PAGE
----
Read the latest reviews of this exhibition showcasing a ground-breaking project within core social care services and community settings across the Borough of Barking and Dagenham.

Hand drawing showing a gathering of around 30 people  of many ages, ethnicities along with pet and wheelchairs  congregated around a small representation of the earth
Courtesy of the artist Rory Pilgrim

An exhibition showcasing a ground-breaking project that has embedded artists within core social care services and community settings across the borough of Barking and Dagenham. Over the last three years, four artists, Helen Cammock (Turner Prize winner 2019), Rory Pilgrim (Prix de Rome 2020), Ilona Sagar (Research in Film Award, BAFTA HQ 2018) and Sonia Boyce (representing the UK at the Venice Biennale in 2022) have worked with social workers, carers, organisers and communities to produce four new films and bodies of research, facilitated through the council’s New Town Culture curatorial programme. The pioneering, collaborative artworks share stories about labour and care, exploring who cares for who, and in what way.

Reviews of the exhibitions:

Evening Standard: A show that affirms the transformative power of art.

Art Monthly: Socially engaged artworks in an east London council office and a west London royal park.

Each artist will present a major new film resulting from their work in the borough in the Radio Ballads exhibition which will go on show in the Serpentine North Gallery opening on 31 March 2022 with a show in Barking Town Hall from 2 – 17 April 2021. The commissions will be shown alongside paintings, drawings and contextual materials.

Sonia Boyce

Sonia Boyce OBE, RA has had numerous solo and group exhibitions, both internationally and in the UK. Recent solo shows have included Manchester Art Gallery, 2018; ICA, 2017 and Villa Arson, 2016. Her current solo exhibition, In the Castle of My Skin, at Eastside Projects in Birmingham will travel to Middlesbrough Institute of Modern Art later this year. 2020 saw the completion of a significant public art commission by Boyce for the Elizabeth Line, Crossrail Project. Boyce is currently a Professor at University of the Arts London, where she holds the inaugural Chair in Black Art; Design. Sonia will represent the UK at the 59th International Art Exhibition of La Biennale di Venezia with a major new exhibition for the British Pavilion in 2022.

Ilona Sagar

Ilona Sagar lives and works in London. Using a diverse range of media spanning moving-image, text, performance and assemblage, she has formed a body of work which responds to the social and historic context found in the public and private spaces we inhabit. Ilona won the 2018 Research in Film Award at BAFTA HQ and is the Saastamoinen Foundation, Helsinki, artist in residence for 2021. Recent projects include: Deep Structure, 2019, S1 ArtSpace; Living with Buildings, Wellcome Collection, 2018/2019; Self Service publication and event series, CCA as part of Glasgow International, 2018 and ‘Correspondence O’, solo exhibition at South London Gallery, 2017/2018.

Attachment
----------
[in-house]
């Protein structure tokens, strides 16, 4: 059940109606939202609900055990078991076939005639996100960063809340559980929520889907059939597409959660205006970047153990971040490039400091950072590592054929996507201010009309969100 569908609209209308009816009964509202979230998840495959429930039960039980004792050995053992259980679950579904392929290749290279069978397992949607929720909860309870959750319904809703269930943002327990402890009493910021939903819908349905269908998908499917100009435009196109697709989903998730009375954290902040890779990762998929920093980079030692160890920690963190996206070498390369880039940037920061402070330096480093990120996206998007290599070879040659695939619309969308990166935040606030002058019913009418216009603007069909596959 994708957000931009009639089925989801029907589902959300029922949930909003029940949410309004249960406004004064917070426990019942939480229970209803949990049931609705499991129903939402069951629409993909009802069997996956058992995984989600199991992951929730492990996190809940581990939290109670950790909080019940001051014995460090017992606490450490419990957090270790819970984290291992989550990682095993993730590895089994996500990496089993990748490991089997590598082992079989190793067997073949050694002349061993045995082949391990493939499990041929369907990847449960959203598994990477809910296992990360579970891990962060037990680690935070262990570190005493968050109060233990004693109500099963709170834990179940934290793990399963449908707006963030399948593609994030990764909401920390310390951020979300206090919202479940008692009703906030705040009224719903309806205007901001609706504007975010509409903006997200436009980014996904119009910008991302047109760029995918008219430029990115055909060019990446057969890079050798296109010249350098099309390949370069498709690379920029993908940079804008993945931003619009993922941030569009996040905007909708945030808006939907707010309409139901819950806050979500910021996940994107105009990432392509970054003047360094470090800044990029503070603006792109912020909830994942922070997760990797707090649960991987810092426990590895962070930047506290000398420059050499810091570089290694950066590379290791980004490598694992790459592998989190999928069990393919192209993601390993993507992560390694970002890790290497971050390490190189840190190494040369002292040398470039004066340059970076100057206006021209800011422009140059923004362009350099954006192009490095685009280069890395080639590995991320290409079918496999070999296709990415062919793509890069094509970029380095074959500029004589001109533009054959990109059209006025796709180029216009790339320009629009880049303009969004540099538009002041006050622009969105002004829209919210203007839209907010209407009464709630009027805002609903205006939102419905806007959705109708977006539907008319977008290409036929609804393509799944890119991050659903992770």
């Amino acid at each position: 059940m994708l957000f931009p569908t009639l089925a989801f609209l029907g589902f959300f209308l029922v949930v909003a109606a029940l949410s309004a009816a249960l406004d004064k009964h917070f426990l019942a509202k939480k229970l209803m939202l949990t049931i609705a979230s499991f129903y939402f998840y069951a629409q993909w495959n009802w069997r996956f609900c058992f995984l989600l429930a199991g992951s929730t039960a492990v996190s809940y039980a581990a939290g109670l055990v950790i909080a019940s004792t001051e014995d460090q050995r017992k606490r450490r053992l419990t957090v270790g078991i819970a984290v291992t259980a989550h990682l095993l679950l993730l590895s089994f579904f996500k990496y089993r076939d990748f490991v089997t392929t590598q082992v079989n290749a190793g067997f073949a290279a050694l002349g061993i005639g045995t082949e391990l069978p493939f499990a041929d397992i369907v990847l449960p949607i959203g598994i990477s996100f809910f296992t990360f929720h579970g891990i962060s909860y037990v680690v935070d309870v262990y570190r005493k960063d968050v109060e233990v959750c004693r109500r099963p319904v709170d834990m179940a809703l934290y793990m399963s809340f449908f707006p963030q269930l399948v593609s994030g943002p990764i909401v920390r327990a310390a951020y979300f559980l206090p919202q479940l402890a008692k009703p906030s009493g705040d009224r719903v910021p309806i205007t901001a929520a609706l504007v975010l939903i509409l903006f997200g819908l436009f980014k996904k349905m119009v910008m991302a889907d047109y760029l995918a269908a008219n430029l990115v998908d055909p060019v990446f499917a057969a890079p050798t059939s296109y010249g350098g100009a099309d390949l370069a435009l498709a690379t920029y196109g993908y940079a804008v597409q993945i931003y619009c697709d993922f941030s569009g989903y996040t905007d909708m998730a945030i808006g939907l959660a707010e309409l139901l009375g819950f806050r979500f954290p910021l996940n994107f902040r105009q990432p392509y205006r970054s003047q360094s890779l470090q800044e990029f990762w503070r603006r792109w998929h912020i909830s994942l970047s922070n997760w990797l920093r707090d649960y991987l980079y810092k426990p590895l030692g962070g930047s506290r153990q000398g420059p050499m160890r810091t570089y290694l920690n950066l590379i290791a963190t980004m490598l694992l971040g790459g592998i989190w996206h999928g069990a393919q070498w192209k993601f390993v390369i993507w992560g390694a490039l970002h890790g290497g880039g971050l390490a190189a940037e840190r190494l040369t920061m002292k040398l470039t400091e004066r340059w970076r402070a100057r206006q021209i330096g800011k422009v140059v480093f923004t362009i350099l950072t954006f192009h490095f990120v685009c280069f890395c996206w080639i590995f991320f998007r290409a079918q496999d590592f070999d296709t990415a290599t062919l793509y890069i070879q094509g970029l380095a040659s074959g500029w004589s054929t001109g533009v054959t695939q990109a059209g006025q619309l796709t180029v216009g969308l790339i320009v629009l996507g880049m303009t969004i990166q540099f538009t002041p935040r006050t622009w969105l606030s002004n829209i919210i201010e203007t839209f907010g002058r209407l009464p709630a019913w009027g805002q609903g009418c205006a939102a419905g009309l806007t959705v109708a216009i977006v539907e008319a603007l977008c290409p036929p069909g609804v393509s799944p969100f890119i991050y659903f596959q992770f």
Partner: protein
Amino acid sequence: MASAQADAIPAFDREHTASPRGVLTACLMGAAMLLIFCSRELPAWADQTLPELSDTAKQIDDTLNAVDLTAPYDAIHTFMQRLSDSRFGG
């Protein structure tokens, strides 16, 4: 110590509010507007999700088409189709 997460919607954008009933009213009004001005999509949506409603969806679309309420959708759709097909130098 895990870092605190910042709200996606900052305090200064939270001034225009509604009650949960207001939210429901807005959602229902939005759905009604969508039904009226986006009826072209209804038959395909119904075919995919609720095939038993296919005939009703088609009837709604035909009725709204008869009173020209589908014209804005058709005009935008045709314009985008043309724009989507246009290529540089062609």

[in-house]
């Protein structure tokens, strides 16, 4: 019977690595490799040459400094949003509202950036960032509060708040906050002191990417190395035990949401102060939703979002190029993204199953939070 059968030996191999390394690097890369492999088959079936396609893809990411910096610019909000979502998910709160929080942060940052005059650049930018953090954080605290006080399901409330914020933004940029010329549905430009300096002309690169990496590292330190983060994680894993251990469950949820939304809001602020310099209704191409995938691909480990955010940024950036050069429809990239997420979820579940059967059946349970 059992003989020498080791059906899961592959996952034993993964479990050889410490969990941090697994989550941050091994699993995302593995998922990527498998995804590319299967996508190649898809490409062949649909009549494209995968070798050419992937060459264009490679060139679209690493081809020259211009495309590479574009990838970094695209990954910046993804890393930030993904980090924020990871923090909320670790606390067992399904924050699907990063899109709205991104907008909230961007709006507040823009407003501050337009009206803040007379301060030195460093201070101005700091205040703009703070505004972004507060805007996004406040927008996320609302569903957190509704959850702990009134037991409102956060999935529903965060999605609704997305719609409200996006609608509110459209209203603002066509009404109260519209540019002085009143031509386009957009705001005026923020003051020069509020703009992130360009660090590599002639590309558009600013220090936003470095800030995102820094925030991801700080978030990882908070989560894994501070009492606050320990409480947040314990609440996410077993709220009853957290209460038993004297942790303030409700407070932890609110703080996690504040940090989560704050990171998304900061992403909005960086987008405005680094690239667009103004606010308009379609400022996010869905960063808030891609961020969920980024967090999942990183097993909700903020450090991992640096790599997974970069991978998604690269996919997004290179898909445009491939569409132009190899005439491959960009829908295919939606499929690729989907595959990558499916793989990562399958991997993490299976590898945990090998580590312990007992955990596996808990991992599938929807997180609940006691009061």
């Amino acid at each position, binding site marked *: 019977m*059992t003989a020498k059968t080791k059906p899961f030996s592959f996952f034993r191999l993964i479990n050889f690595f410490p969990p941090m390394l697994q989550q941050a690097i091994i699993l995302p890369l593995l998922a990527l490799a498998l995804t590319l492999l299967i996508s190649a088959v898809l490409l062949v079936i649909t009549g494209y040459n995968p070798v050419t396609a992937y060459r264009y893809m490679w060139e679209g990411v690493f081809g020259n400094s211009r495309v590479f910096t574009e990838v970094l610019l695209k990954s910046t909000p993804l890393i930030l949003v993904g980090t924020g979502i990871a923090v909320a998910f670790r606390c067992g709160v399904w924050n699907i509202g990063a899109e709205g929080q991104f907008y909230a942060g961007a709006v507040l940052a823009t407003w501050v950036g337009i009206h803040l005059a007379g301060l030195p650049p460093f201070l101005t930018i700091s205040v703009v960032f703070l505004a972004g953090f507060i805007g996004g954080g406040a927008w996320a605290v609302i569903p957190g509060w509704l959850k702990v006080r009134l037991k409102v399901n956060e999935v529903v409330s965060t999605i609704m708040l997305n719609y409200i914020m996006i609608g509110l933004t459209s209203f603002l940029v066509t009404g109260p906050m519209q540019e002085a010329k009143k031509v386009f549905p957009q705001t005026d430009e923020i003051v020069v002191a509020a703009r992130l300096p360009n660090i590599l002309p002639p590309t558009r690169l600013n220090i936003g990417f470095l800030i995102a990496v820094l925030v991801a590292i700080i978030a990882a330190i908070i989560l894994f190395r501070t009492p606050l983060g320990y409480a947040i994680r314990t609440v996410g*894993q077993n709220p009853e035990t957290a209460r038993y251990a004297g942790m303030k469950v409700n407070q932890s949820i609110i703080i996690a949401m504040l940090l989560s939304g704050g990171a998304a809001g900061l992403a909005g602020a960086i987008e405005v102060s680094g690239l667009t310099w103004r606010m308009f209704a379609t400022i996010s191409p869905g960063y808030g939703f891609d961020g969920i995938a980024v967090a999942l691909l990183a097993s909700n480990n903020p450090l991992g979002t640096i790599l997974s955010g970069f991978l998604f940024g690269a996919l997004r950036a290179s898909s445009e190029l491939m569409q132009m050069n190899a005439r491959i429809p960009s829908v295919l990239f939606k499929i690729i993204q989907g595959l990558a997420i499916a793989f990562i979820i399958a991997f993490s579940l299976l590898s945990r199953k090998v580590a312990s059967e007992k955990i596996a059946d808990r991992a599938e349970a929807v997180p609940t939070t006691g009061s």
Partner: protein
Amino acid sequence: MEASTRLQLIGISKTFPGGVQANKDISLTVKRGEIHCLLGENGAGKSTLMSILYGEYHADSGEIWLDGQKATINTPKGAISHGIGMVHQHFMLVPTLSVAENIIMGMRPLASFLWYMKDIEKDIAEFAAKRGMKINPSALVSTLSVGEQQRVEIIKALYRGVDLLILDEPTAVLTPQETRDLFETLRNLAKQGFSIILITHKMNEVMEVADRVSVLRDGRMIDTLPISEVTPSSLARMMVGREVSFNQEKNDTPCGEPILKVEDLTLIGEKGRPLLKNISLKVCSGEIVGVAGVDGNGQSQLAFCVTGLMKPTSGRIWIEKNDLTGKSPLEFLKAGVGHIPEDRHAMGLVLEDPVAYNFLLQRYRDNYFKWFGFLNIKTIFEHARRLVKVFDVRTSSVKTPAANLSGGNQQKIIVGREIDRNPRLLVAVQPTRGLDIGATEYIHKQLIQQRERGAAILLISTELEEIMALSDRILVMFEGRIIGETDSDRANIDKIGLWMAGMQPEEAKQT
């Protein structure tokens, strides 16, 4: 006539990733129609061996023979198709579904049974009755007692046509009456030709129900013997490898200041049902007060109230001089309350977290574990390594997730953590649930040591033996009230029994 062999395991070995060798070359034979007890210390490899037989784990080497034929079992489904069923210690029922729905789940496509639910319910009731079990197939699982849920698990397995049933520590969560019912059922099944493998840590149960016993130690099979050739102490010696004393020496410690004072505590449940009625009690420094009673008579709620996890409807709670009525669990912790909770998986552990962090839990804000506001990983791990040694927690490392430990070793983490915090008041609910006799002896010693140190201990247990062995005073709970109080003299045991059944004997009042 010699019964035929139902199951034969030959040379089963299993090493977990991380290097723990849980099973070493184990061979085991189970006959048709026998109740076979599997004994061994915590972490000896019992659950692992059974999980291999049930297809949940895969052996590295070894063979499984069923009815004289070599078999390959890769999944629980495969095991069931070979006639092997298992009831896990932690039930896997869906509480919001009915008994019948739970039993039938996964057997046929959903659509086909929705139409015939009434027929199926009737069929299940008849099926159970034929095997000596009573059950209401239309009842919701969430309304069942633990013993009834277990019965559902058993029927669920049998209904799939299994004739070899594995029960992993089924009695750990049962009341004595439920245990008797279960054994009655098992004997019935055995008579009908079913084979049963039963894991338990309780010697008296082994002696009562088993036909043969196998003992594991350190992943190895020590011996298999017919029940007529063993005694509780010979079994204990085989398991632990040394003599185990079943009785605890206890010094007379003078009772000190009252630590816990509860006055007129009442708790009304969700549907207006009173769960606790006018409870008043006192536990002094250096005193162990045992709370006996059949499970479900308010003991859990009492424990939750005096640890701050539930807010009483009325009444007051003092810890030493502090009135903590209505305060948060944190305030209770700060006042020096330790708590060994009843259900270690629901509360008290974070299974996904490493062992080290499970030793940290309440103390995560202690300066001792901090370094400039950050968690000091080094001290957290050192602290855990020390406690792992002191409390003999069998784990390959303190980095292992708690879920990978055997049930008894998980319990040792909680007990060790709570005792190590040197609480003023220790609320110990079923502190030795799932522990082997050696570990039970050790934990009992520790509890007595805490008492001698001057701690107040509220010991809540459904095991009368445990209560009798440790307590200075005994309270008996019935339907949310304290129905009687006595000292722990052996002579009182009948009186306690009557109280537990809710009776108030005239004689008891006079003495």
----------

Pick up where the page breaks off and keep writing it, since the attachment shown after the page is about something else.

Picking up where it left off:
Rory Pilgrim

Rory Pilgrim works in a wide range of media including songwriting, composing music, film, music video, text, drawing and live performances. Centred on emancipatory concerns, Rory aims to challenge the nature of how we come together, speak, listen and strive for social change through sharing and voicing personal experience. Strongly influenced by the origins of activist, feminist and socially engaged art, Rory works with others through dialogue, collaboration and workshops. They have had solo shows at Andriesse-Eyck Gallery; South London Gallery, Plymouth Art Centre, Flat Time House, Site Gallery and Sic! Raum für Kunst. In 2019, Rory was the winner of the Prix de Rome.

Helen Cammock

Helen Cammock works across moving image, photography, writing, poetry, spoken word, song, performance, printmaking, and installation. Her work looks at the interspace between the personal, political and poetic. She seeks to interrupt and give new meaning to historical narratives, specifically around blackness, womanhood, power, wealth and poverty through the interplay between different voices and narratives. Helen was the joint winner of the Turner Prize 2019 and for her exhibition The Long Note. She was winner of the 7th Max Mara Art Prize for Women, 2017/18. Her subsequent exhibition, Che Si Può Fare  (What Can Be Done) premiered at Whitechapel Gallery, London and Collezione Maramotti, Italy, 2019. Her new film Concrete Feather and Porcelain Tacks, has been commissioned with Film and Video Umbrella, London; Touchstones Museum, Rochdale, and The Photographers Gallery, London and will be exhibited in solo exhibitions at The Photographers Gallery and Rochdale Museum in in 2021.